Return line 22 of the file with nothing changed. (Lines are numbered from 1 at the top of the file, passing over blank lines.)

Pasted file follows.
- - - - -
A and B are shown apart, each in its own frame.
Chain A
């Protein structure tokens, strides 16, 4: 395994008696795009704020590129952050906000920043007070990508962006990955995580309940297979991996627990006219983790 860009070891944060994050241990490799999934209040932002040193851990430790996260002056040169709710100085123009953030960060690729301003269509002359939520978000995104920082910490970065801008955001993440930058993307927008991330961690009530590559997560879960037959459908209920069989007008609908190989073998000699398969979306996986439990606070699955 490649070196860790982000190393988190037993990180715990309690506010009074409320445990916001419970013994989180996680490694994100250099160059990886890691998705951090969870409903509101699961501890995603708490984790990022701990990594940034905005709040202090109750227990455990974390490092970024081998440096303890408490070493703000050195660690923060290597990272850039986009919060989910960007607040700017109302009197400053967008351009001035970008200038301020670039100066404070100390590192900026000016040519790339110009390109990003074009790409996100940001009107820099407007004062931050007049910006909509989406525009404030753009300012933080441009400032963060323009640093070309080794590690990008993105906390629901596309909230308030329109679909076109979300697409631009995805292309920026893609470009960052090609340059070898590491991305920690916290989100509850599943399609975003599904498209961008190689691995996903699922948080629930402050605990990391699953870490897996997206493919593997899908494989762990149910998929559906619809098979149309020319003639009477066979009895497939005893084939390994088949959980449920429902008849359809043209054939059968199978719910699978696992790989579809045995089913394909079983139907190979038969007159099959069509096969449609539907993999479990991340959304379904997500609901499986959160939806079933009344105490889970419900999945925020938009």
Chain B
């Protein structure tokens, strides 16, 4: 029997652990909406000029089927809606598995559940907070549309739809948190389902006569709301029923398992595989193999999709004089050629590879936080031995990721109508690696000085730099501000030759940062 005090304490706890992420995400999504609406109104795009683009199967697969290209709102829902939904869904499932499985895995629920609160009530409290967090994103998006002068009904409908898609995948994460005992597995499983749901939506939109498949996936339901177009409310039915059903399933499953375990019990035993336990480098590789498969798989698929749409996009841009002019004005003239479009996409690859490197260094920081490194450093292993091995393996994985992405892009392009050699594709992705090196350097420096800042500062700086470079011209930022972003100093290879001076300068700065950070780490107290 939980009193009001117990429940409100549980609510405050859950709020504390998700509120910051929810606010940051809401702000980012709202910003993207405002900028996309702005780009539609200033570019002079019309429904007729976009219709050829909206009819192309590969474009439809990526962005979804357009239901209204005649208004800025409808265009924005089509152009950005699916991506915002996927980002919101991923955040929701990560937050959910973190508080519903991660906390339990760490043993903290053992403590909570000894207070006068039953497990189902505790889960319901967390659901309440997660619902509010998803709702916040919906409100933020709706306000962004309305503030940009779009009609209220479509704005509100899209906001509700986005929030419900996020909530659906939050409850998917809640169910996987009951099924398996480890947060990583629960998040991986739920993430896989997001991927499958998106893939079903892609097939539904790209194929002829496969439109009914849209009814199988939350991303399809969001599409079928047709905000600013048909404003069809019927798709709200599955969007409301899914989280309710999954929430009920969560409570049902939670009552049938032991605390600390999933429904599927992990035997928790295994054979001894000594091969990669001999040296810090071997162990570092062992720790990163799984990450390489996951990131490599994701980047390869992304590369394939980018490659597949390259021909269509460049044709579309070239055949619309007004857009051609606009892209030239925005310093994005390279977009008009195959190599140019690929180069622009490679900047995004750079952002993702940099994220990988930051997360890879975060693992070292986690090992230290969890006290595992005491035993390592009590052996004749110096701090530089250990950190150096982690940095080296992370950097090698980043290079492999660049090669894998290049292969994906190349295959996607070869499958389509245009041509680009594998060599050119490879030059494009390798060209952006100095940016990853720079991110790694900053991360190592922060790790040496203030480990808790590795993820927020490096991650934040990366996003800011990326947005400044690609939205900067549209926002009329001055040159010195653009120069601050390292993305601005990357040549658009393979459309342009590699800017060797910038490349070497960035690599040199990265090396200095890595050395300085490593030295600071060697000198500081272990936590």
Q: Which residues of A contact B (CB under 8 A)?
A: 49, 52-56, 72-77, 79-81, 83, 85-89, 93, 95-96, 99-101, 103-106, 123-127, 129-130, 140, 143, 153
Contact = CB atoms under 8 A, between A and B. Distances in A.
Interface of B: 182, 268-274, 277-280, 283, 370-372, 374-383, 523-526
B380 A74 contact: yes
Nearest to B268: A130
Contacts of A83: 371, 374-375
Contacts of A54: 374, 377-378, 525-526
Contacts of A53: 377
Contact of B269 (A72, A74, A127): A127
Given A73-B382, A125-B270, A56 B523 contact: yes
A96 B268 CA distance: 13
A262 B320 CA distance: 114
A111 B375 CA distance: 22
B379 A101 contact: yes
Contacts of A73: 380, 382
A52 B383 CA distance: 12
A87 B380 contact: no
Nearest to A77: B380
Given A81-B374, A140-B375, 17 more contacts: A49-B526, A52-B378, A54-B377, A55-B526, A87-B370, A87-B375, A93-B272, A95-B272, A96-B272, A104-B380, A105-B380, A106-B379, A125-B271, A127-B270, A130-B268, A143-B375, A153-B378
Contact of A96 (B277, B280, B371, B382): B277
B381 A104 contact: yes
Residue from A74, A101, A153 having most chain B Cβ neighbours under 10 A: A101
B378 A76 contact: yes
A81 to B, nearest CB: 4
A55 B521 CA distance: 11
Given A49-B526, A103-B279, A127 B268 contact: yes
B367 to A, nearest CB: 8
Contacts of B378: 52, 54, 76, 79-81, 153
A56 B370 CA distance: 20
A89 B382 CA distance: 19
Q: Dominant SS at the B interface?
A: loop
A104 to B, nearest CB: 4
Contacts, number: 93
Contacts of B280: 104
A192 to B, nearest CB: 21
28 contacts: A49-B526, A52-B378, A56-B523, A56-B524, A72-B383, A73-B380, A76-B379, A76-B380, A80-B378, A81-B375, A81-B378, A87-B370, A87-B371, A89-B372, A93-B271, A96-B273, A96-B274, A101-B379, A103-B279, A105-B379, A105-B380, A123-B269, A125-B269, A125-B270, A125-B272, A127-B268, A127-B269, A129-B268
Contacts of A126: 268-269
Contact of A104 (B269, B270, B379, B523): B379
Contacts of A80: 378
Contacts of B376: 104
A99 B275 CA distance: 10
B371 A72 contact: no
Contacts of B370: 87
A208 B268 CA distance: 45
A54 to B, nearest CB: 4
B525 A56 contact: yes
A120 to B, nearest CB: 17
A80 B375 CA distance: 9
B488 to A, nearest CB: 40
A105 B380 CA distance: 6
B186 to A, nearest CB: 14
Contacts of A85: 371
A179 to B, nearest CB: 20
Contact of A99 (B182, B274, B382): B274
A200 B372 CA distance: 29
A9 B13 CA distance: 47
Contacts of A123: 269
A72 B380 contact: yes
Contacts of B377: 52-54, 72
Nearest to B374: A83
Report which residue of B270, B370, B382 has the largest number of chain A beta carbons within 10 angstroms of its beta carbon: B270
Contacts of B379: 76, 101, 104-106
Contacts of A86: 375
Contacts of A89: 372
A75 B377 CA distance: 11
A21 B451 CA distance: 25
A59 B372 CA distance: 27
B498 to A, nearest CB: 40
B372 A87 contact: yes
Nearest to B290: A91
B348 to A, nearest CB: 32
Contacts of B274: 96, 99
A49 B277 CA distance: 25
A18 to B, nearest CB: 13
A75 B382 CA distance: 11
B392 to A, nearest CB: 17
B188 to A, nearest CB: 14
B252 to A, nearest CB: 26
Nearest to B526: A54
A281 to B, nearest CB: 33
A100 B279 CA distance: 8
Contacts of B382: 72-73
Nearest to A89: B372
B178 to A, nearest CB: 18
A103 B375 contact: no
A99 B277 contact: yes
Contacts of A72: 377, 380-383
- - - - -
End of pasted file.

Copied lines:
A52 B383 CA distance: 12